July 4th 2005: It was a hot evening, and fireworks would soon be high in the sky. As farming takes no holiday, dairy farmer David Glamm was finishing chores when he was told his silo unloader had stopped working. David climbed to the top of his silo, and pushed the auger with his left foot. By the time he realized the silo unloader cover had rusted away, his foot was snatched from under him. He told his girlfriend to call 911. He screamed with pain and agony until the firefighters and emergency volunteers came to his rescue. Fortunately, David’s pant leg acted as a tourniquet, and he survived the trauma and unimaginable pain. As for his dairy farm business, it had no chance of surviving the blow.
On August 1st 2017, David was able to share his story at a farm safety panel discussion coordinated by UMASH. With the help of different farming services, David is now able to support his finances and a flourishing crop farm. David’s story reinforces the dangers of farming to a person’s health and business. “In that split second, my life changed forever,” says David.
The panel discussion titled Farm Safety: Protecting You, Your Family, Your Visitors, and Your Bottom Line, was moderated by Minnesota Safety Council President Paul Aasen. David Glamm began the panel, followed by University of Minnesota Environmental Health Professor Marizen Ramirez, Occupational Medicine Physician Dr. Matt Keifer, and Northstar Mutual Sr. VP. Gary Metz.
Panelist Marizen Ramirez provided insight on the issues of roadside safety. She reported that 47% of farming deaths are transportation related. This includes tractors, combines, and large machinery that drive alongside the interstate and busy roads. Using a visual display, Marizen pointed out the most effective way to utilize lights and markings on tractors, so they are more visible to drivers passing by. “The most effective way to prevent these roadside injuries is through education and awareness,” says Marizen.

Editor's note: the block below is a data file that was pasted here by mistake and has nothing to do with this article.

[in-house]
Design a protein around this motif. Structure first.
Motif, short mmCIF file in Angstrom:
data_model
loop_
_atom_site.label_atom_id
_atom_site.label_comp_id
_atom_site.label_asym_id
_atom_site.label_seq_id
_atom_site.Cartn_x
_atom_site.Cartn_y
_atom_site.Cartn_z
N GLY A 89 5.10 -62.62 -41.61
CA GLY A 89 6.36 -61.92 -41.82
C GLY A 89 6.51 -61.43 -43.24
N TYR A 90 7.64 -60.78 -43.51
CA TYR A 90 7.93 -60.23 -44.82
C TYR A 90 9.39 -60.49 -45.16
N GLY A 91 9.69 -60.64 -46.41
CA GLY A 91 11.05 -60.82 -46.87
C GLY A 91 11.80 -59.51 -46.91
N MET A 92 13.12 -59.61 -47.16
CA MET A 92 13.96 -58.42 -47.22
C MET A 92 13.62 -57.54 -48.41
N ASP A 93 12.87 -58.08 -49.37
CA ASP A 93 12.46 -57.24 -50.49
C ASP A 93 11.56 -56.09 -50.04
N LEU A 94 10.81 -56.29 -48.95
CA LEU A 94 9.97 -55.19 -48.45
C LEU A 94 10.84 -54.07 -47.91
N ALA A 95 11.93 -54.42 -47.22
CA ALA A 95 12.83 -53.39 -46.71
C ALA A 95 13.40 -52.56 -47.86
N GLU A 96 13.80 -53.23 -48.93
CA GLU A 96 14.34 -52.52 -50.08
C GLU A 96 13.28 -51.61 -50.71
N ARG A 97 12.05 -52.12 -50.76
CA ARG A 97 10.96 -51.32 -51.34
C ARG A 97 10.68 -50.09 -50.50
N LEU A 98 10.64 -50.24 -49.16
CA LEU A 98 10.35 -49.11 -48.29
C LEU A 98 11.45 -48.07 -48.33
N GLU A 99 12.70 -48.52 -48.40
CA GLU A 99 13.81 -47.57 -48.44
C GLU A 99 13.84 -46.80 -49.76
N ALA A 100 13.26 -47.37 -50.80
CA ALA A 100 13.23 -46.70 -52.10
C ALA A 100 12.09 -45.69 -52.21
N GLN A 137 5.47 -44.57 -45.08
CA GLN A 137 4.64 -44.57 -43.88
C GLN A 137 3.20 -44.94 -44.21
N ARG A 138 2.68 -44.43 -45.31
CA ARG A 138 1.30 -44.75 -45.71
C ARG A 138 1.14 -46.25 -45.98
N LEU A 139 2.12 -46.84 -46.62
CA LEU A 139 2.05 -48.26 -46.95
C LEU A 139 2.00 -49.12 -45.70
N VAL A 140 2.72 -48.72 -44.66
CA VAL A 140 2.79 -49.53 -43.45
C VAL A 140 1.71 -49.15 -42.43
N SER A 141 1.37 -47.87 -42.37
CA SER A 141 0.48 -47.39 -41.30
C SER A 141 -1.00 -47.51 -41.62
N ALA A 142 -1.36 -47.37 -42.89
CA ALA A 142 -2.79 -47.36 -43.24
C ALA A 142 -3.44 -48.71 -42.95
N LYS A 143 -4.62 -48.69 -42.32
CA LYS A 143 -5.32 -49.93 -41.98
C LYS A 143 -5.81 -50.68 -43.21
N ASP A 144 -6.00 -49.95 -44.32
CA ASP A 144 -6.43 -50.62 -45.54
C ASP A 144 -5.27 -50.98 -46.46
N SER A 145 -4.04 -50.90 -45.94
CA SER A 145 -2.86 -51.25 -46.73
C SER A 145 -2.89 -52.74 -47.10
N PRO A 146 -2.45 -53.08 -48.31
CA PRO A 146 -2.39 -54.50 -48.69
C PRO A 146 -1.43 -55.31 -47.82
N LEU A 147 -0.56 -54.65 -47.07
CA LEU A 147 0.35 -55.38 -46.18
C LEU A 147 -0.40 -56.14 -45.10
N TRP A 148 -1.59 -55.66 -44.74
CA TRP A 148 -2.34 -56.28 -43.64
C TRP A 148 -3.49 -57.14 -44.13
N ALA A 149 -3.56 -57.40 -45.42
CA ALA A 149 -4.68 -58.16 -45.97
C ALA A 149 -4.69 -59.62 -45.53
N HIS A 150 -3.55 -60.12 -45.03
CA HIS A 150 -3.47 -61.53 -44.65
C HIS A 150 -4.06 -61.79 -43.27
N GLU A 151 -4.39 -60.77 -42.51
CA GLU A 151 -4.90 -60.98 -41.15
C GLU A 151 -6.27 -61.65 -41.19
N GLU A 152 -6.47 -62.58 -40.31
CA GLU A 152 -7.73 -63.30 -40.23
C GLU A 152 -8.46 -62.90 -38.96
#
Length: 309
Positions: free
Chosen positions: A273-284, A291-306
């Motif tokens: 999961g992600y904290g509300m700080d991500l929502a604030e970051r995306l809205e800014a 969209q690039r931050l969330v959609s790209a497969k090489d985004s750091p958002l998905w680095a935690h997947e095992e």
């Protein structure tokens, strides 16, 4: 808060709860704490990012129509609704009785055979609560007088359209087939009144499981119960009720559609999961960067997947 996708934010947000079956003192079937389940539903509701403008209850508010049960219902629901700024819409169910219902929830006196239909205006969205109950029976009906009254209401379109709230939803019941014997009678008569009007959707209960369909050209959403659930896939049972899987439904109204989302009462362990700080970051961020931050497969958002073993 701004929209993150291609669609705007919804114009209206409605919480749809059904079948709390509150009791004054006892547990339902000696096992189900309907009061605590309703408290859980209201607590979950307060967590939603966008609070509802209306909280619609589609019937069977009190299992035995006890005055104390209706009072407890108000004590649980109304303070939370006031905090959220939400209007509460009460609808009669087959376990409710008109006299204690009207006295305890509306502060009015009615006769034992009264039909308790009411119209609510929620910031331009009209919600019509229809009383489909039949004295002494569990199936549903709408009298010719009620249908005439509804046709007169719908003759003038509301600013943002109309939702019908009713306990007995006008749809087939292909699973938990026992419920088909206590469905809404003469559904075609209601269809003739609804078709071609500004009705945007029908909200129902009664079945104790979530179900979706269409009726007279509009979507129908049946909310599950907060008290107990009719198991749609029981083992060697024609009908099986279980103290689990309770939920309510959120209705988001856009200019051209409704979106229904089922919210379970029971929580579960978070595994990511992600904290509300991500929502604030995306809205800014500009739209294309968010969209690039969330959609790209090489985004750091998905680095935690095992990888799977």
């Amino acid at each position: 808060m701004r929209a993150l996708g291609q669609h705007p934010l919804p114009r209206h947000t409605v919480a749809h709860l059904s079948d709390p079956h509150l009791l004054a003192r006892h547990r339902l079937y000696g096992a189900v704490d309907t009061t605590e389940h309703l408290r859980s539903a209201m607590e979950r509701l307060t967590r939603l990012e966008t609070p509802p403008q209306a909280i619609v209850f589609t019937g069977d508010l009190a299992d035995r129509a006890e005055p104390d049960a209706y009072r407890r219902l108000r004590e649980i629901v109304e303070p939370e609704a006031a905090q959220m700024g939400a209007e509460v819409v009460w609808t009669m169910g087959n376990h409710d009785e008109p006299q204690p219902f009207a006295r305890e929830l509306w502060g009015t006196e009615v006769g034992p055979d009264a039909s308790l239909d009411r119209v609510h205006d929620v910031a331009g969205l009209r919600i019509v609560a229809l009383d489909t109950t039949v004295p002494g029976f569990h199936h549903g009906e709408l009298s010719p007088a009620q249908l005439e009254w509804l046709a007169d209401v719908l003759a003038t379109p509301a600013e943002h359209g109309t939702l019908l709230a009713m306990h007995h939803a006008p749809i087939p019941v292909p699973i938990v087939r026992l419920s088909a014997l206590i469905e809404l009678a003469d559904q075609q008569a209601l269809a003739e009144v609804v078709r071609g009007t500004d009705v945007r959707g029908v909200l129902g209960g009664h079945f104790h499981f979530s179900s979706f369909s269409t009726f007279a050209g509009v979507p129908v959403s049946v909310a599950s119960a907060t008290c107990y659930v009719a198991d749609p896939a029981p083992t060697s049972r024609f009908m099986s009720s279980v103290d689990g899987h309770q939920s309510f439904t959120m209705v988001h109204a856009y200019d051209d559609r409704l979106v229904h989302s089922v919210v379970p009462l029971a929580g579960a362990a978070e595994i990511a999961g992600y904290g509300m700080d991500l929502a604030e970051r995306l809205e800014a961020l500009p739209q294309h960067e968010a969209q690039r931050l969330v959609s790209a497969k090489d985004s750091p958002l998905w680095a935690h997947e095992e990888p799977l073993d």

Dr. Matt Keifer took a different approach to farm safety. Dr. Keifer spoke about the effects of manure gases and the many detrimental health effects it has on farm families. According to Dr. Keifer, some farmers have been using gypsum as bedding material for their cattle; however, the hydrogen sulfide from manure and the gypsum compounds can create even more dangerous gases. Because children are smaller and naturally lower to the ground, they are especially susceptible to these potentially fatal gases. “Farmers are incredibly inventive, but they sometimes wander into areas that are a bit risky,” says Dr. Keifer.
Lastly, Gary Metz spoke about the well-being of an individual’s farming business in regards to his experience working in insurance. “When farm safety is ignored, things can go bad,” says Gary, “and when things go bad, the claim can be bad.” According to Gary, business and personal life are intertwined in a farmer’s life, and by cutting corners on safety, both human cost and business costs are at risk. “Impact is personal because your farm is personal,” says Gary.
The panel discussion provided a wide range of safety advice from people in the farming industry who see the implications every day. Paul Aasen began and concluded the panel by mentioning that safety is not something the farming community can take for granted. “A little time is all it takes to be safer,” says Paul.